Paces of Life on Bangkok’s Riverside

Paces of Life on Bangkok’s Riverside
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At times I have spent longer in traffic between Sukhumvit and the Bangkok Riverside than on the Euro Tunnel between London and Paris. Which is a stupid analogy, I know, but it does show how a “quick” day out to the Bangkok Chao Phraya River can be comparable to a short break or holiday. And, on our last day-trip to see the new ICONSIAM, we travelled to the Chao Phraya Riverside from the Ramkhamhaeng area of Bangkok, using 4 taxis, 4 connecting skytrains, as well as 4 different boats to explore other parts of the river. And we were pretty much moving non-stop for 12 hours straight. Making it a rather tiring day out.

Bangkok Riverside Hotels

So more often than not, we would treat visits to the Bangkok Riverside as short holidays. And, on one of our more recent visits, we booked a night at a hotel, with Chao Phraya river views, and were able to enjoy a more relaxed time, with a bottle of wine, and serene views of the river from above. This hotel was on the Thonburi Side of the Bangkok Riverside (Avani+ Riverside Hotel), which pretty much connects directly to a private pier making it easy to navigate all the attractions whenever you please. Although we rarely do. As we tend to make the most of the hotel, whereas we’ve already covered almost all the nearby attractions, from the towering plazas near Sathorn Pier, right up to the local river life of further-flung Nonthaburi.

Travel on Bangkok River

River Taxis: We always use the regular express river taxis, which cover both sides of the Chao Phraya River, and cost very little (no more 20 Baht in the nearby areas). They are also relatively easy to navigate, even as a tourist, where you just tell the ticket officers your planned destination, and they’ll point you to the right queue (the full map here).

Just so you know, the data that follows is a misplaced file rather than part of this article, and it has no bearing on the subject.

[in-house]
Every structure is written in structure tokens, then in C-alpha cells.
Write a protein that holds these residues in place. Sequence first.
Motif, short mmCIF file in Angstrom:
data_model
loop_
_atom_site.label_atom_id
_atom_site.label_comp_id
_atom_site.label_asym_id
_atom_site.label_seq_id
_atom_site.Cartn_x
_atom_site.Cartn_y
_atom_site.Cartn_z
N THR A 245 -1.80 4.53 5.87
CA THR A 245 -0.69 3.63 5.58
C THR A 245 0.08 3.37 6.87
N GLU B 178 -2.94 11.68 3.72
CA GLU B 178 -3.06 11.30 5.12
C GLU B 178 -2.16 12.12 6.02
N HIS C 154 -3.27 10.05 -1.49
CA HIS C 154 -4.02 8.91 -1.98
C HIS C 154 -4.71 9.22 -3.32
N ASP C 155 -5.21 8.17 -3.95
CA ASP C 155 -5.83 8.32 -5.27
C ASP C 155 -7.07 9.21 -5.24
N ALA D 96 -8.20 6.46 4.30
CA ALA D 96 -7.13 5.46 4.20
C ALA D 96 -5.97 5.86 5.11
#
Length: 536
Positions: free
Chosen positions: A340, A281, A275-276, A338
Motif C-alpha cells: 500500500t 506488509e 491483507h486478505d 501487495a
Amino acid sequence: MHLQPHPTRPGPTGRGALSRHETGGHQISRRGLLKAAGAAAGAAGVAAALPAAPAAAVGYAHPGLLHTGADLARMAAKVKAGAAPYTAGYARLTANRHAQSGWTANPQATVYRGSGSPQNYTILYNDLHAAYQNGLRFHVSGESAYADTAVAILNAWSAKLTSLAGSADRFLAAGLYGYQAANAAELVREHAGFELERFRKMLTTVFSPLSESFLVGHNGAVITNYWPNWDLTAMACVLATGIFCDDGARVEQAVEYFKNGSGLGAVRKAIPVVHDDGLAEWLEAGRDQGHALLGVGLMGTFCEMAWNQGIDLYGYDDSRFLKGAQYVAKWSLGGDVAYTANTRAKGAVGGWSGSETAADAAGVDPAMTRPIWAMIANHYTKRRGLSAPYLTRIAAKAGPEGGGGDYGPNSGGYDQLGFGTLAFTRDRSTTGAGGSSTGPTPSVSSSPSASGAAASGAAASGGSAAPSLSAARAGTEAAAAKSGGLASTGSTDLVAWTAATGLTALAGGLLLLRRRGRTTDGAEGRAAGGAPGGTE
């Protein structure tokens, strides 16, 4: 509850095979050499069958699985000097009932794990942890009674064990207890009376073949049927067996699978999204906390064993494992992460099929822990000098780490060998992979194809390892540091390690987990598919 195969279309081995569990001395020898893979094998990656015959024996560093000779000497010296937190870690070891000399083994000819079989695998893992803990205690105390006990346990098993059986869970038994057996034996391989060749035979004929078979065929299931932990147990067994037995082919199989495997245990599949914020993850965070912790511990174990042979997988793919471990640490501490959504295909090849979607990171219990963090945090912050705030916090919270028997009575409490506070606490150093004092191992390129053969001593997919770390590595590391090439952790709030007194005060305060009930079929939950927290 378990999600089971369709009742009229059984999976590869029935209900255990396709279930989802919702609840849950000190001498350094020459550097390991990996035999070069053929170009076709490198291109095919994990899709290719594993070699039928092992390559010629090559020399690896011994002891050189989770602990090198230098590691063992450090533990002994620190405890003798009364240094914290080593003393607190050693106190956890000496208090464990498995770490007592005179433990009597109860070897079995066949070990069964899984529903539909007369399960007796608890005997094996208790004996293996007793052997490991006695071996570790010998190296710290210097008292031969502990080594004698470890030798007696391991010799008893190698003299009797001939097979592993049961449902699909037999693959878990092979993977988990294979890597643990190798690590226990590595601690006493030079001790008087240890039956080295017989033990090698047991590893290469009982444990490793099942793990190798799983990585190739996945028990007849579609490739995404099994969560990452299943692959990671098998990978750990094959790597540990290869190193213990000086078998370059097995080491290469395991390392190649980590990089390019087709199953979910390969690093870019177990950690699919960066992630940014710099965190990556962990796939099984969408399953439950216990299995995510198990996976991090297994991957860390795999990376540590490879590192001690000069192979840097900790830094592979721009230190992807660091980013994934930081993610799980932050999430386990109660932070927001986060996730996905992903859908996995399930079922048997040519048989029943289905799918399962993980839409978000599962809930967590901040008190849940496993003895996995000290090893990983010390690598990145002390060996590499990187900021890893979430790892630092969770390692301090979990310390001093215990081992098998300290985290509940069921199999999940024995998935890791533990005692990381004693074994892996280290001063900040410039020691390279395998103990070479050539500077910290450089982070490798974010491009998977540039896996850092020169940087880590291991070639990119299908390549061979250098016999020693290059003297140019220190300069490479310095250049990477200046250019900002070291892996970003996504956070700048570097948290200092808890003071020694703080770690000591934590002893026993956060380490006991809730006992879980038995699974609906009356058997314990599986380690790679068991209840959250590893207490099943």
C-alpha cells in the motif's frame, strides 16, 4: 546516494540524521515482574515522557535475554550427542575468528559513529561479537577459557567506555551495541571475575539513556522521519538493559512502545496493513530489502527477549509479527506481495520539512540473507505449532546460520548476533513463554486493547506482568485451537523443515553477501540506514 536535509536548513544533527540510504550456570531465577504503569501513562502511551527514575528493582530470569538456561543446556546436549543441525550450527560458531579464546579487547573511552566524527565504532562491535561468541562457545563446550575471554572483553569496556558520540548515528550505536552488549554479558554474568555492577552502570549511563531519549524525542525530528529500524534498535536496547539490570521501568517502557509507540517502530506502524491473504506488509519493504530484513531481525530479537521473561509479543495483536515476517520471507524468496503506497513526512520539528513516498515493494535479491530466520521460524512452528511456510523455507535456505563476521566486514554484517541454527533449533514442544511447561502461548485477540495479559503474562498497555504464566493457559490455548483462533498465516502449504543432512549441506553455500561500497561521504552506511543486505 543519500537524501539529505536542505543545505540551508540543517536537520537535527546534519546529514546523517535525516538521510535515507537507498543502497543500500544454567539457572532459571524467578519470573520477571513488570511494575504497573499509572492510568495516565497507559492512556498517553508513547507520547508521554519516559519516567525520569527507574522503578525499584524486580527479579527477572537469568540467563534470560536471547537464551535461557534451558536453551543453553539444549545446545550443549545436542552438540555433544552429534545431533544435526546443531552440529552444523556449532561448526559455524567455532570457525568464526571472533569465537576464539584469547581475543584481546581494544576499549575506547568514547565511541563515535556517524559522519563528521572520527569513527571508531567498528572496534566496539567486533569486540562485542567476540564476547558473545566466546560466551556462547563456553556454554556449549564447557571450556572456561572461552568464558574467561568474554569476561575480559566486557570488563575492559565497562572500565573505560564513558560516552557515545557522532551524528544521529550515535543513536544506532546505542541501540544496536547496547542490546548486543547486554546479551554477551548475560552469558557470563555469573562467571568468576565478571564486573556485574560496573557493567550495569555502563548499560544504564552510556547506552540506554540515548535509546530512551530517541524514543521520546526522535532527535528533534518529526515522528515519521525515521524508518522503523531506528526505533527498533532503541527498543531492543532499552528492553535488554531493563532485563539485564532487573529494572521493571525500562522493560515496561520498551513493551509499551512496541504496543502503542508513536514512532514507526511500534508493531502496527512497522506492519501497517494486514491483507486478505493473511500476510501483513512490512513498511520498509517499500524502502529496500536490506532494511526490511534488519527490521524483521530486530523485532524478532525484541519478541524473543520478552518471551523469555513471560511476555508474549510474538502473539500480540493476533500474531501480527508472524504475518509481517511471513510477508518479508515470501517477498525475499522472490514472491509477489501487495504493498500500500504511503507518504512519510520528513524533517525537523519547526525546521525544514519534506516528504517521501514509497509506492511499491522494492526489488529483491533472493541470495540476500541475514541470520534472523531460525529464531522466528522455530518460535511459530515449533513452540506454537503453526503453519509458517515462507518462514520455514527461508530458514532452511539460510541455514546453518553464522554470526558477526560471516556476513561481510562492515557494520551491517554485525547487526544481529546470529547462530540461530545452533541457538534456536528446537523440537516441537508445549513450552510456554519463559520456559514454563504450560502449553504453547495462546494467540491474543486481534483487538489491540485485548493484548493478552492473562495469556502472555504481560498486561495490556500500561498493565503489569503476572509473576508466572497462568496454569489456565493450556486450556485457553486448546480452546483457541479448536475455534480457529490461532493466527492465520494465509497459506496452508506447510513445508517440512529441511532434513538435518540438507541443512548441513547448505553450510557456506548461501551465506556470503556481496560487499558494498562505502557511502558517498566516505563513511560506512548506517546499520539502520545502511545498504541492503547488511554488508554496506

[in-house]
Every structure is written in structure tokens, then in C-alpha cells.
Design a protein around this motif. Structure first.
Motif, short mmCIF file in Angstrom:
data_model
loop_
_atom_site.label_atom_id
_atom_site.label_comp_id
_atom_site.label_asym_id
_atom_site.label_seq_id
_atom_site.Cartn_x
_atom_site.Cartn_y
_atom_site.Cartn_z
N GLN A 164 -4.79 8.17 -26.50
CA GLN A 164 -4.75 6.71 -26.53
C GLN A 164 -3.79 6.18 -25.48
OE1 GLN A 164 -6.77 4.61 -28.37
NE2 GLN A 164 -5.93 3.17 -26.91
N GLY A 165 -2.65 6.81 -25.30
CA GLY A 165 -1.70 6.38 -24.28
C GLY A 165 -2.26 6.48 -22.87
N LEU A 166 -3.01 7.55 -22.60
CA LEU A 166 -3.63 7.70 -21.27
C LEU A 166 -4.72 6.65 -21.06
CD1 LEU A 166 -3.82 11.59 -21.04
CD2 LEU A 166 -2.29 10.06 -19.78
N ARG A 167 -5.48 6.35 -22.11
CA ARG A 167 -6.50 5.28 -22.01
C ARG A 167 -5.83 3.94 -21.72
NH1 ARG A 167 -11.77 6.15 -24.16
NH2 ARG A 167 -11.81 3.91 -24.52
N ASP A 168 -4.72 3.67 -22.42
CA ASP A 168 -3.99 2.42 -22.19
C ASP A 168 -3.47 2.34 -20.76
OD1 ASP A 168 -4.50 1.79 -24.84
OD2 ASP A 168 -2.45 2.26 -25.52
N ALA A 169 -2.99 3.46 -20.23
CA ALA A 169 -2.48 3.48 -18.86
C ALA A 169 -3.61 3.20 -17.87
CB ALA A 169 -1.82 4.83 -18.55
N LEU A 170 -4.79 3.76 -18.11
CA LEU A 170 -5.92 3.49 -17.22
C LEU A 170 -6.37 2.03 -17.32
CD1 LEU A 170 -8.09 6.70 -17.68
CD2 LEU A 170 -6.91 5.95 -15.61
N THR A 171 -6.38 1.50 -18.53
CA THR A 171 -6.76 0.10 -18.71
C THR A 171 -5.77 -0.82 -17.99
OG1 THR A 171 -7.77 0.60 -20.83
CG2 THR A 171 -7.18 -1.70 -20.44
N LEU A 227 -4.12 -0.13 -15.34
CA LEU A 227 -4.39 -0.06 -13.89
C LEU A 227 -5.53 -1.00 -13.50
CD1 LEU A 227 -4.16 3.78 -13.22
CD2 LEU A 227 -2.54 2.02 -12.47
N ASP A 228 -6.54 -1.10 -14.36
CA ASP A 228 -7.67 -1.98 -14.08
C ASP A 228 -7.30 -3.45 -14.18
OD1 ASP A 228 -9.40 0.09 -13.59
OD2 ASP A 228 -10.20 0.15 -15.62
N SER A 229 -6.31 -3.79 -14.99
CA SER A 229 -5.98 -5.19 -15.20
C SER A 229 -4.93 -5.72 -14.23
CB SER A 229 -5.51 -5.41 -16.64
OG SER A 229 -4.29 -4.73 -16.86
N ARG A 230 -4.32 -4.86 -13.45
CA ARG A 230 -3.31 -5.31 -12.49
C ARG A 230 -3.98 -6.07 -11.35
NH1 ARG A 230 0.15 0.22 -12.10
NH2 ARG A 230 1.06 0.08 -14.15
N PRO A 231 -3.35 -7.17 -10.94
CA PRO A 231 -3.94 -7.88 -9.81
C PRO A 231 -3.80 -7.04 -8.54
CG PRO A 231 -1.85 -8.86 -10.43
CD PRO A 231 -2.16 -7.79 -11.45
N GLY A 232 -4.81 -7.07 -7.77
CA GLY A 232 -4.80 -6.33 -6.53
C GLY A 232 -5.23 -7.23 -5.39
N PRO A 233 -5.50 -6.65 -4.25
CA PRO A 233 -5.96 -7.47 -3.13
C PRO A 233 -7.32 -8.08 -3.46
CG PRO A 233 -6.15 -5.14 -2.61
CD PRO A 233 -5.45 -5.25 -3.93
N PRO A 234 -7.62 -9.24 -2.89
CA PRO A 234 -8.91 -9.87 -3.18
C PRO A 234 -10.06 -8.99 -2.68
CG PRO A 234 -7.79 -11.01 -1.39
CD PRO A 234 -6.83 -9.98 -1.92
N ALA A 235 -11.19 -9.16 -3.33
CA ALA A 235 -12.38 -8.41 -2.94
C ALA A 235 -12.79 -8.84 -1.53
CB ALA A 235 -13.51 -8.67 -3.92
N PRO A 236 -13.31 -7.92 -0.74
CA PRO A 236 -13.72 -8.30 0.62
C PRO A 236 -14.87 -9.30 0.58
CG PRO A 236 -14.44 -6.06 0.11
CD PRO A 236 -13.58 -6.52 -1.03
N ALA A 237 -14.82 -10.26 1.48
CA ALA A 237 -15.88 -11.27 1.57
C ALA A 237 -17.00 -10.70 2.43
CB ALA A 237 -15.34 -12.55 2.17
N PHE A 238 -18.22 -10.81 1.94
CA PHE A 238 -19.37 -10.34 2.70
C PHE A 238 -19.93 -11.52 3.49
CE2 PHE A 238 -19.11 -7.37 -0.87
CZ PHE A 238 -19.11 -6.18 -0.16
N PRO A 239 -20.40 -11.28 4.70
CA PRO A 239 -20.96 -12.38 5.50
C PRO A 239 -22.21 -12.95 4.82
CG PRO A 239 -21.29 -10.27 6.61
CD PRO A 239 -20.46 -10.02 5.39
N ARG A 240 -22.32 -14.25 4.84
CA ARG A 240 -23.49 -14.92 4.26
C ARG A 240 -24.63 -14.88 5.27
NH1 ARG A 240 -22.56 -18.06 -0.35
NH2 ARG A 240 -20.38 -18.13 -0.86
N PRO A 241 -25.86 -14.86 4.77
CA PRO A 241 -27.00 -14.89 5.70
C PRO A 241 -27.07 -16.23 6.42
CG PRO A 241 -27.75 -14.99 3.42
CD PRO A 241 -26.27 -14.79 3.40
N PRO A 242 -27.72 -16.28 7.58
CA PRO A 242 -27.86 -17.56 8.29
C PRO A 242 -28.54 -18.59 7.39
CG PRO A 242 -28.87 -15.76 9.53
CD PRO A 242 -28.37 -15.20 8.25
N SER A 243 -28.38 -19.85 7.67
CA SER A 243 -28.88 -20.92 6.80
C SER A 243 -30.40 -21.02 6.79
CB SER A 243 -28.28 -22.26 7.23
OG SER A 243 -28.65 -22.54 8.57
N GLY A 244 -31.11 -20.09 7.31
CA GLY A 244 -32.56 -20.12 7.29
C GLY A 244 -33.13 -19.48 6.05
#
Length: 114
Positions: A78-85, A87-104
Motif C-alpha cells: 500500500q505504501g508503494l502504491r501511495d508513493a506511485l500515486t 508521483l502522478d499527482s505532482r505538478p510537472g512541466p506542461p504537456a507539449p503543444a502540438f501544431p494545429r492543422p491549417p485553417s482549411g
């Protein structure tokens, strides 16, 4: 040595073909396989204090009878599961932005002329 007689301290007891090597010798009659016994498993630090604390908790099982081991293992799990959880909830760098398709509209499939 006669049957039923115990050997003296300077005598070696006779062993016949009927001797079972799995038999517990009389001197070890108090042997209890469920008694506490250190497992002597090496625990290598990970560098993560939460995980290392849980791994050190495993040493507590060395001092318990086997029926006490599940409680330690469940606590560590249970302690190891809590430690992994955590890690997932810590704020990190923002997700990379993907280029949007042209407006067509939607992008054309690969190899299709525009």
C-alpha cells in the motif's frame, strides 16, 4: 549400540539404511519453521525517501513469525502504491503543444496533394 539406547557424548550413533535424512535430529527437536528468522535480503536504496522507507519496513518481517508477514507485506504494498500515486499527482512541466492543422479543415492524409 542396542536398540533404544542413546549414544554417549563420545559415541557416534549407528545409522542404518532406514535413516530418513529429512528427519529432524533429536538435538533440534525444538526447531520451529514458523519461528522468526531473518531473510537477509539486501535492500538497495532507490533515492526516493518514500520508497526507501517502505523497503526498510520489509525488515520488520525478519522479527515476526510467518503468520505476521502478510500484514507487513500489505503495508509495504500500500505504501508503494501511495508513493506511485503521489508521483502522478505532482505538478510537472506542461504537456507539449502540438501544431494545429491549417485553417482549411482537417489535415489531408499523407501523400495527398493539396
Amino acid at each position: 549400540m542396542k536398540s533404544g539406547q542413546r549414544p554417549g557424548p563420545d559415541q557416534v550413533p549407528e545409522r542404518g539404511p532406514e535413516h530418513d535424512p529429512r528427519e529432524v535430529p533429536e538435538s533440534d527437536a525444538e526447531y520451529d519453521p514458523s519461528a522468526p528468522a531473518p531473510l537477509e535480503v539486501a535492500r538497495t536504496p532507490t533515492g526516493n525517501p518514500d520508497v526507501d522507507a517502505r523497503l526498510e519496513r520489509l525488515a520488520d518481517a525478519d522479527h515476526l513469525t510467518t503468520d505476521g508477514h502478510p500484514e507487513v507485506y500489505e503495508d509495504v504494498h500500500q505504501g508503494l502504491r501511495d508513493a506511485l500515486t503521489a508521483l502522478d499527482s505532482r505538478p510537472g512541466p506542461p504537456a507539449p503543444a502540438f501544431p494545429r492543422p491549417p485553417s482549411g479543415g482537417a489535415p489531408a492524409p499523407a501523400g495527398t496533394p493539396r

Hop-On/Hop-Off Boats: Otherwise many tourists opt for the Hop-On/Hop-Off Boats which kind of limits travel options but makes the process much easier with just one ticket giving unlimited travel on their boats between 09:00 am and 17:30 PM. These cost around 200 Baht pp and this covers 9 of the more touristy piers along the riverside (advance tickets available here).

Long-tail boats: It is also possible to hire long-tail boats by the hour, but these are better to explore the connecting canals (khlongs), rather than from A to B on the riverside.

Sathorn Pier (Saphan Thaksin)

For those arriving from the new city centre, the obvious starting point would be Sathorn Pier, which connects to the convenient Skytrain lines (BTS) at Saphan Thaksin BTS station (Exit 2). The Sathorn Pier is then an easy jump-off point when exploring the Bangkok Riverside. And there are even free shuttle services offered to the more commercial attractions along the Chao Phraya River e.g. ASIATIQUE and ICONSIAM. And while it is possible to take a taxi to the riverside from various parts of Bangkok, it really isn’t advisable during busy traffic times, unless you’re ready to spend hours in the back of a taxi. Anyway, the map below shows our recommended stops on the Bangkok Riverside, in order from south to north.

ASIATIQUE: The Riverfront